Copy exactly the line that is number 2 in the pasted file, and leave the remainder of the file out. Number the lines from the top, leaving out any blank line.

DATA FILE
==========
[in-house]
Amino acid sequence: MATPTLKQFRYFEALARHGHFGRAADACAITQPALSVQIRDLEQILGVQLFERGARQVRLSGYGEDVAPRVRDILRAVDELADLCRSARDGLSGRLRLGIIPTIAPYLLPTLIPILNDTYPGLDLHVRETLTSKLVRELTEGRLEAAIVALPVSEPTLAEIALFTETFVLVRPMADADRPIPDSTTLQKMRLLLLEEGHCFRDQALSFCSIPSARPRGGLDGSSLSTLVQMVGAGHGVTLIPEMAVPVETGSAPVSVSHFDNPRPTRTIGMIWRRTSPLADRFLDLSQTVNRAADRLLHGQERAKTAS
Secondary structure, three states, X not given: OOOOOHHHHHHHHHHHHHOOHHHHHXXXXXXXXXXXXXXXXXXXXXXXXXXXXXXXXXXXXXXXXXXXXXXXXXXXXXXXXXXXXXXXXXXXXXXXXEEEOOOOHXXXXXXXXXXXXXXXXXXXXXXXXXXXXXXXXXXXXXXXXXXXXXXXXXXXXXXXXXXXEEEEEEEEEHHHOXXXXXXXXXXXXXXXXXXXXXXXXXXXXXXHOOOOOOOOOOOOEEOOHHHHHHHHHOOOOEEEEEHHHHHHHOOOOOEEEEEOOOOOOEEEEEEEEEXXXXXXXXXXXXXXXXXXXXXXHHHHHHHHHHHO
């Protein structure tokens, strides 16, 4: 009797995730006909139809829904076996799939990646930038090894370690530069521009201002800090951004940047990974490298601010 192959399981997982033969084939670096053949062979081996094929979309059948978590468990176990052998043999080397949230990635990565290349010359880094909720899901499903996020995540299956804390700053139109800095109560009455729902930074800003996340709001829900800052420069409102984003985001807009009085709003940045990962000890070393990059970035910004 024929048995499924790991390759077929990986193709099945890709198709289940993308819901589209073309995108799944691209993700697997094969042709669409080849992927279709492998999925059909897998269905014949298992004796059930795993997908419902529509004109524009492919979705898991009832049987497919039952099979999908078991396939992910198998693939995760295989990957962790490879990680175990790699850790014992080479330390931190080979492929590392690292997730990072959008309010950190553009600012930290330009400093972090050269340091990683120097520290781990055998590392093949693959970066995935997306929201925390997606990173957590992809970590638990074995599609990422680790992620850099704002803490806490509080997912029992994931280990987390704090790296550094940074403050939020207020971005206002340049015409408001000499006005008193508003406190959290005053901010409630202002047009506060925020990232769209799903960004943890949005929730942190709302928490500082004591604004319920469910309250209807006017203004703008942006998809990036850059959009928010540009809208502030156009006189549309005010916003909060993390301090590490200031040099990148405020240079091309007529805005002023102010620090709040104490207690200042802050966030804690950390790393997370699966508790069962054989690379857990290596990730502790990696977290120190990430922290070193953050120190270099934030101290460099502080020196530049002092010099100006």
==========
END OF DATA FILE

Amino acid sequence: MATPTLKQFRYFEALARHGHFGRAADACAITQPALSVQIRDLEQILGVQLFERGARQVRLSGYGEDVAPRVRDILRAVDELADLCRSARDGLSGRLRLGIIPTIAPYLLPTLIPILNDTYPGLDLHVRETLTSKLVRELTEGRLEAAIVALPVSEPTLAEIALFTETFVLVRPMADADRPIPDSTTLQKMRLLLLEEGHCFRDQALSFCSIPSARPRGGLDGSSLSTLVQMVGAGHGVTLIPEMAVPVETGSAPVSVSHFDNPRPTRTIGMIWRRTSPLADRFLDLSQTVNRAADRLLHGQERAKTAS